The canvas outputs the contents of the Timeline. To add clips to the Timeline, besides dragging them there, it is possible to drag clips from the Browser or Viewer onto the Canvas, whereupon the so-called 'edit overlay' appears. The edit overlay has seven drop zones, into which clips can be dragged in order to perform different edits. The default is the 'overwrite' edit, which overwrites at an in point or the space occupied after the playhead with the incoming clip. The 'insert' edit slots a clip into the sequence at the in point or playhead's position, keeping the rest of the video intact, but moving it all aside so that the new clip fits. There are also drop zones to have the application automatically insert transitions. The 'replace' edit replaces a clip in the Timeline with an incoming clip, and the 'fit to fill' edit does the same thing, but at the same time, it adjusts the playback speed of the incoming clip so that all of it will fit into the required space [in the Timeline]. Finally there is the 'superimpose' edit, which automatically places the dropped clip on the track above the clip in the Timeline, with a duration equal to the clip below it. Unless an in or out point are set, all edits occur from the position of the playhead in the Timeline.
Using the wireframe view on the canvas, the clip can be manipulated directly - dragging it around in the canvas to change its position, for example, or resizing it. Precise adjustment controls for these things are in the viewer.
The viewer has tabs for each channel of the selected clip's audio, in which the waveform for the audio can be viewed and scrubbed, and where its volume can be keyframed. The filters tab is where effects for the clip appear and where their parameters can be adjusted and keyframed. If the clip selected is a generator (such as an oval shape), a control tab appears for changing its geometrical properties. Finally, the viewer's motion tab contains tools to adjust the scale, opacity, cropping, rotation, distortion, drop shadow, motion blur and time remapping properties of the clip. Mini-timelines to the right of each parameter allow the property to be keyframed. The Viewer is not present in Final Cut Pro X.
Clips can be edited together in timelines called sequences. Sequences can be nested inside other sequences, so that a filter or transition can be applied to the grouped clips.
The Timeline in Final Cut Pro allows 99 video tracks to be layered on top of each other. If a clip is higher [in the timeline] than another, then it obscures whatever is below it. The size of a video clip can be altered, and the clips can be cropped, among many other settings that can be changed. Opacity levels can also be altered, as well as animated over the course of the clip using keyframes, defined either on a graphical overlay, or in the Viewer's 'motion' tab, where precise percentage opacity values can be entered. Final Cut also has more than a dozen common compositing modes that can be applied to clips, such as Add, Subtract, Difference, Screen, Multiply, Overlay, and Travel Matte Luma/Alpha.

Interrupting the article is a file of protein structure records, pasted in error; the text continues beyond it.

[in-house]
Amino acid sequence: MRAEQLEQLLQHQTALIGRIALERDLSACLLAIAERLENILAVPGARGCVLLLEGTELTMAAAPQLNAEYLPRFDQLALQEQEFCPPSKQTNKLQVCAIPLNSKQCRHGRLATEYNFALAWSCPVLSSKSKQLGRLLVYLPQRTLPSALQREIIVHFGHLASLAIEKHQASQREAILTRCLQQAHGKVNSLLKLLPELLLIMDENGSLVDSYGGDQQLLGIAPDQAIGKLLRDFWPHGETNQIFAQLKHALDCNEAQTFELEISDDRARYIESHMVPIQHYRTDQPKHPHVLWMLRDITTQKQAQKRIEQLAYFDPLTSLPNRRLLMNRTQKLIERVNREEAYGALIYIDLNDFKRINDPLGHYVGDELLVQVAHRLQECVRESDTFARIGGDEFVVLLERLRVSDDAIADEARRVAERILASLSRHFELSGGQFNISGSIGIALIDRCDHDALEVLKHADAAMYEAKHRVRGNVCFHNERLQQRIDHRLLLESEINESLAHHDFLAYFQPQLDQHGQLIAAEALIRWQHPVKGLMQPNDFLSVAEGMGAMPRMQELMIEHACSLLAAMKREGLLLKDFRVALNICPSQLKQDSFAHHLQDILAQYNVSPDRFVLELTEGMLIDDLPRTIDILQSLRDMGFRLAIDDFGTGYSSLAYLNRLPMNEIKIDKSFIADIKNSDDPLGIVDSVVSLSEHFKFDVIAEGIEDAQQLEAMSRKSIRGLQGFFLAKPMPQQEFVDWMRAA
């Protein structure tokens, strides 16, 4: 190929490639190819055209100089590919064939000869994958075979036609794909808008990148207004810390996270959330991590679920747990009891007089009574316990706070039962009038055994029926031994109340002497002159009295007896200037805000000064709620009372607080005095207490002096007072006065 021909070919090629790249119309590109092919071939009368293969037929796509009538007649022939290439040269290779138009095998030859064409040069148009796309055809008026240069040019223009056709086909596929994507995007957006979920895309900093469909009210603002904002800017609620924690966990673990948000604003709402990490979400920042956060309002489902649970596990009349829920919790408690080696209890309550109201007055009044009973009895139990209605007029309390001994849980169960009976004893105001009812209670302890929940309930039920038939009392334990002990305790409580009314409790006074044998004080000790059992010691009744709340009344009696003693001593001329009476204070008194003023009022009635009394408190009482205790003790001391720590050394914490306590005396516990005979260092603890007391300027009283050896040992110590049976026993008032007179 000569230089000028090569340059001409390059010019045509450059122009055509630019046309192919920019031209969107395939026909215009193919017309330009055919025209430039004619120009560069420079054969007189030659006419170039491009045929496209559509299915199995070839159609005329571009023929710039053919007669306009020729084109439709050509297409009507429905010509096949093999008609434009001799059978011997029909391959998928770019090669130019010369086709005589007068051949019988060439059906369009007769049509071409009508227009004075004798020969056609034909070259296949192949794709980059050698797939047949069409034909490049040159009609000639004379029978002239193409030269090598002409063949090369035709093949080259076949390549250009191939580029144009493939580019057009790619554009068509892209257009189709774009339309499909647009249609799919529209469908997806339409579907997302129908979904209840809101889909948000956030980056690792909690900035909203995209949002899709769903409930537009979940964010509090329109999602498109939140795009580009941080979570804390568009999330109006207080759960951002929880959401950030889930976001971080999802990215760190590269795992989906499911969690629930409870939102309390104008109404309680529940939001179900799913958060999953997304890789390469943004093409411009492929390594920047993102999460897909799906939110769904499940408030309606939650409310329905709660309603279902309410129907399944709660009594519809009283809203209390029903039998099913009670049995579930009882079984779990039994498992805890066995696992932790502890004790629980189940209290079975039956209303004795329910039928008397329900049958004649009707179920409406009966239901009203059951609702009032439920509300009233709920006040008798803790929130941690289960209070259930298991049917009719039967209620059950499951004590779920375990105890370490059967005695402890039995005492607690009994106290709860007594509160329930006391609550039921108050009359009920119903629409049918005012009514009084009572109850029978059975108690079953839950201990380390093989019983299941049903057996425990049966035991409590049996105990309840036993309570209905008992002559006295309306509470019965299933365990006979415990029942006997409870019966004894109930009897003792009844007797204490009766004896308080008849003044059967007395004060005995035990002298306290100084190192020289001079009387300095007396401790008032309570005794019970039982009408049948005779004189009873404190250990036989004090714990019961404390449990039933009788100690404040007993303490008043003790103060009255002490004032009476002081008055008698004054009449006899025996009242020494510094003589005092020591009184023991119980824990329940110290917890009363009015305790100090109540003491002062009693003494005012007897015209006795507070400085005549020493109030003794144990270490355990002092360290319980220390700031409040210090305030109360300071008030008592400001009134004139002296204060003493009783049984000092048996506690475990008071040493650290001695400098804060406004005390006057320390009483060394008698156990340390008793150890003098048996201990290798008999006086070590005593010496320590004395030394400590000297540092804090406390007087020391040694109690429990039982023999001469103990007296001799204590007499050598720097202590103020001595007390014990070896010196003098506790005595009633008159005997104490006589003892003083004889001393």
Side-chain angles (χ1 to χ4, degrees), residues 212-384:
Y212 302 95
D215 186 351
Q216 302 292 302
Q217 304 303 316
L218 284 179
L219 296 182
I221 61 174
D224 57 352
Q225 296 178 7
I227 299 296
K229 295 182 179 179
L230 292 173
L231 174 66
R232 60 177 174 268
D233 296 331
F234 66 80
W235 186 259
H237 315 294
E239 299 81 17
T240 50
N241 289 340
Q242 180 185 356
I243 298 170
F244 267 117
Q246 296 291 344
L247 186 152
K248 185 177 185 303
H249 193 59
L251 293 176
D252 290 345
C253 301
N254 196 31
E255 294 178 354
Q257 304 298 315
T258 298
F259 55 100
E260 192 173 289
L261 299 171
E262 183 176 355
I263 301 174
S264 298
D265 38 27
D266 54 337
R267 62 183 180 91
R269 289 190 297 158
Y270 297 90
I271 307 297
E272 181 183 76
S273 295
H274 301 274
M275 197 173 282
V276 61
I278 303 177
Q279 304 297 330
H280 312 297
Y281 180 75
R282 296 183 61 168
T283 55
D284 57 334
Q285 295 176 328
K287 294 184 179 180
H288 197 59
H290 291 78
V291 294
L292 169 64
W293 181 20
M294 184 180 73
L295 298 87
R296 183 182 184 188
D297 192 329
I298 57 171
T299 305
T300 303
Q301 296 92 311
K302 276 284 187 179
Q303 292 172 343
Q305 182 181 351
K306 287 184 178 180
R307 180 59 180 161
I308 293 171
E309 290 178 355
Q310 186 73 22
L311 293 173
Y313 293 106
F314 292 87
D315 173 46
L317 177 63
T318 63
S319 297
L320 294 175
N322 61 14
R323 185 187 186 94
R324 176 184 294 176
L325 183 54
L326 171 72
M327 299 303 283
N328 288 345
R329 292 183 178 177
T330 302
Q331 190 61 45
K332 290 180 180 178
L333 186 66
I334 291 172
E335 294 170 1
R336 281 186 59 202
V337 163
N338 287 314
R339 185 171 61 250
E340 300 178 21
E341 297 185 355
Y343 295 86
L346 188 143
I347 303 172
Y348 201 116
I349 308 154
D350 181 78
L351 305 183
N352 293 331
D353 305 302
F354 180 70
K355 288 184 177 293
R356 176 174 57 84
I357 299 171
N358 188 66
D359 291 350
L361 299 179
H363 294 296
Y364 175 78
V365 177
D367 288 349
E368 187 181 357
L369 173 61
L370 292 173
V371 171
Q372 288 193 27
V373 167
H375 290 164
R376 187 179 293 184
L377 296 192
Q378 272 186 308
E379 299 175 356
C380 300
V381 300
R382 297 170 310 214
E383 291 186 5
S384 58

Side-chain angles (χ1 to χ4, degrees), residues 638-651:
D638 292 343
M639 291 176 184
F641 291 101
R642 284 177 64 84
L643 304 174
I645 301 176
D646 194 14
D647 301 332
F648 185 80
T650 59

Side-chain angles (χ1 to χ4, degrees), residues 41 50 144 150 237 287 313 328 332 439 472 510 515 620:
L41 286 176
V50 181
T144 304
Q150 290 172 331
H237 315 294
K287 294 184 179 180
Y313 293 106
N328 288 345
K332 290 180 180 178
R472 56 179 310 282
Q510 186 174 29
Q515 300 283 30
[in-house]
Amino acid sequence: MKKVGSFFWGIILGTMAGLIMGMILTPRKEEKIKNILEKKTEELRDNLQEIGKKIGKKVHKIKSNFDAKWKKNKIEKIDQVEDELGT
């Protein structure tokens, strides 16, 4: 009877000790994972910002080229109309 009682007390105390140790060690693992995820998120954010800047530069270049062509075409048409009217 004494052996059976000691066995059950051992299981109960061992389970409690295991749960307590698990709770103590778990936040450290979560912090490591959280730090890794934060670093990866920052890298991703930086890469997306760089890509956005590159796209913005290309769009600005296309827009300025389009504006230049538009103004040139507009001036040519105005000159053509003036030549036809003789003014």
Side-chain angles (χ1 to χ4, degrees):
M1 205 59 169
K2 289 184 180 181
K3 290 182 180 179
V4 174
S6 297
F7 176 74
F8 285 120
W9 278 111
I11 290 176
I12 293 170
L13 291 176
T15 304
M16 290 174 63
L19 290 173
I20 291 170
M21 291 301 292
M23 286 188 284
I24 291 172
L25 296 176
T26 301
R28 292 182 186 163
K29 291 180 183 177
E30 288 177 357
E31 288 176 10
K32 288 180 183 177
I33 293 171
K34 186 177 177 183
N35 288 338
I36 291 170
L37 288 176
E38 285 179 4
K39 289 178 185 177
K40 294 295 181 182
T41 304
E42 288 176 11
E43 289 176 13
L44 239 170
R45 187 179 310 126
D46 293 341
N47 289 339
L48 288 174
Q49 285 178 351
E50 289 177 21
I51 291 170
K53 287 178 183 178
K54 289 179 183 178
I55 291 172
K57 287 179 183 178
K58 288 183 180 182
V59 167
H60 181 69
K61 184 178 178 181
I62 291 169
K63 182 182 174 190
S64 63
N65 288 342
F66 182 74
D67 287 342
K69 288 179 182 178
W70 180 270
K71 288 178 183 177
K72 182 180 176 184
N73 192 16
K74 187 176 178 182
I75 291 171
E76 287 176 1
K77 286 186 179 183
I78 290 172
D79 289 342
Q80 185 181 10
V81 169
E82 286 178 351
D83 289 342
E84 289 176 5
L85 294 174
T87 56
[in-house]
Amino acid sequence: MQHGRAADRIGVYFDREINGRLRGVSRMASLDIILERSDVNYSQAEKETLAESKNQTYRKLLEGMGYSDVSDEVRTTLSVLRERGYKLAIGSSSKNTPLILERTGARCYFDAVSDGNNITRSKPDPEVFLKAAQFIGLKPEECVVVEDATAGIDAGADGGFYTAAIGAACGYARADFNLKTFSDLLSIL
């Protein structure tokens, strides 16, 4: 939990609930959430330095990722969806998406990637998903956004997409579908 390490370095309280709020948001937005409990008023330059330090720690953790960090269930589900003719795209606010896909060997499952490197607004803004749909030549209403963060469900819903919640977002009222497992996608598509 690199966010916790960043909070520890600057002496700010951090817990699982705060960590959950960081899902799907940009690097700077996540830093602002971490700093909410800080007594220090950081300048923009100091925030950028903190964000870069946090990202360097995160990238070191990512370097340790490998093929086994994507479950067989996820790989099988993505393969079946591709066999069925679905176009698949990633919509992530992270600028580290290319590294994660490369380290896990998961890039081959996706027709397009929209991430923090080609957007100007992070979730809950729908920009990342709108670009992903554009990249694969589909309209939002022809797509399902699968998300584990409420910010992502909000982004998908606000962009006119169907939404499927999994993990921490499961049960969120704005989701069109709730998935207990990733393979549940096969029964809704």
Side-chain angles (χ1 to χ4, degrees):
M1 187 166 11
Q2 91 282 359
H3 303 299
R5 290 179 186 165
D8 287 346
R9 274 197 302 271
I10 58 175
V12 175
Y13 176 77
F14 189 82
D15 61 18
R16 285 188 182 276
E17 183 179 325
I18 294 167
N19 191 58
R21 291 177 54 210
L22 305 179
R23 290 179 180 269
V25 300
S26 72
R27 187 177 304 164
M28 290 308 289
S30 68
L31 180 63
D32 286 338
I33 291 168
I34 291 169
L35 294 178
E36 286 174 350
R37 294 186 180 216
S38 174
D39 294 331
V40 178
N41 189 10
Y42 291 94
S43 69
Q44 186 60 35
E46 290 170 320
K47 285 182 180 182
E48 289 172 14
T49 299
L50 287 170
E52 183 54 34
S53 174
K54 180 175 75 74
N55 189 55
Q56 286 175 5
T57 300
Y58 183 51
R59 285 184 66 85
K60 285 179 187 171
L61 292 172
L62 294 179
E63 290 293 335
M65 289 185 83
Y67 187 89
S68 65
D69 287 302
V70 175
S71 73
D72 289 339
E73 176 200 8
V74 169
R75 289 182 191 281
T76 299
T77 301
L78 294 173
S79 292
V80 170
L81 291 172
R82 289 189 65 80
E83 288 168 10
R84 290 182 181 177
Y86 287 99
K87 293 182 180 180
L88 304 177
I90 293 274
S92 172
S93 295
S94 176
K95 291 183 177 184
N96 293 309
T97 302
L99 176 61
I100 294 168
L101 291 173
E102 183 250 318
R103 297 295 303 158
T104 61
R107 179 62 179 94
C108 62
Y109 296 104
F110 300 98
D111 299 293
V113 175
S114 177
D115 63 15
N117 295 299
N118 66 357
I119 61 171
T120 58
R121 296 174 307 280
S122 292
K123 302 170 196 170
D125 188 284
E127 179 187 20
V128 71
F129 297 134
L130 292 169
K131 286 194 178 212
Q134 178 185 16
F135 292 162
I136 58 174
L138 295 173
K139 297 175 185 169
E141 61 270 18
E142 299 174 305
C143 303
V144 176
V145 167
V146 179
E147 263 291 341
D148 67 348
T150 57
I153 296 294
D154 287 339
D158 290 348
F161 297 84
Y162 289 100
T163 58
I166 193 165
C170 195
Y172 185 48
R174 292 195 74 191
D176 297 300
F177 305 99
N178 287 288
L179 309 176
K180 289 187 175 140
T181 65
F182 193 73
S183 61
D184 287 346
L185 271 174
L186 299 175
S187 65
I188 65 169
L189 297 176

The compositing mode for a clip is changed by control-clicking or right-clicking on the clip and selecting it from the cascading contextual menu, or by selecting the mode from the application's 'modify' menu. For either matte modes, the clip that will perform the key is placed overneath the fill clip on the Timeline.
Like other Apple software, Final Cut Pro offers a variety of keyboard commands that allow the user to increase the speed of edits. This combined with the nonlinear approach that digital editing, provides Final Cut Pro users with several editing options. Final Cut Pro by default uses a set of hot-keys to select the tools.
B: Razor Blade; RR: Ripple; R: Roll; S: Slip; SS: Slide; M: sets a marker in the Timeline; X: Mark the full length of a clip; E: Extends the selected edit points to the playhead location;
Users are also not restricted to these specific keyboard commands, they can set their own customizable keyboard preferences for projects.
Randy Ubillos created the first three versions of Adobe Premiere, the first popular digital video editing application. Before version 5 was released, Ubillos' group was hired by Macromedia to create KeyGrip, built from the ground up as a more professional video-editing program based on Apple QuickTime. Macromedia could not release the product without causing its partner Truevision some issues with Microsoft, as KeyGrip was, in part, based on technology from Microsoft licensed to Truevision and then in turn to Macromedia. The terms of the IP licensing deal stated that it was not to be used in conjunction with QuickTime. Thus, Macromedia was forced to keep the product off the market until a solution could be found. At the same time, the company decided to focus more on applications that would support the web, so they sought to find a buyer for their non-web applications, including KeyGrip; which, by 1998, was renamed Final Cut.
Final Cut was shown in private room demonstrations as a 0.9 alpha at the National Association of Broadcasters (NAB) exposition in 1998 after Macromedia pulled out of the main show floor. At the demonstration, both Mac and Windows versions were shown. The Mac version was working with a Truevision RTX dual stream real time card with limited real time effects. When no purchaser could be found, Apple purchased the team as a defensive move. When Apple could not find a buyer in turn, it continued development work, focusing on adding FireWire/DV support and at NAB 1999 Apple introduced Final Cut Pro.
After the introduction of Final Cut Pro, Adobe Premiere's market share remained strong on Windows but began to decline on the Mac as its older codebase was more difficult to maintain. In 2003, Apple announced a program for Premiere users to trade in their discs for a free copy of Final Cut Express or a $500 discount on Final Cut Pro.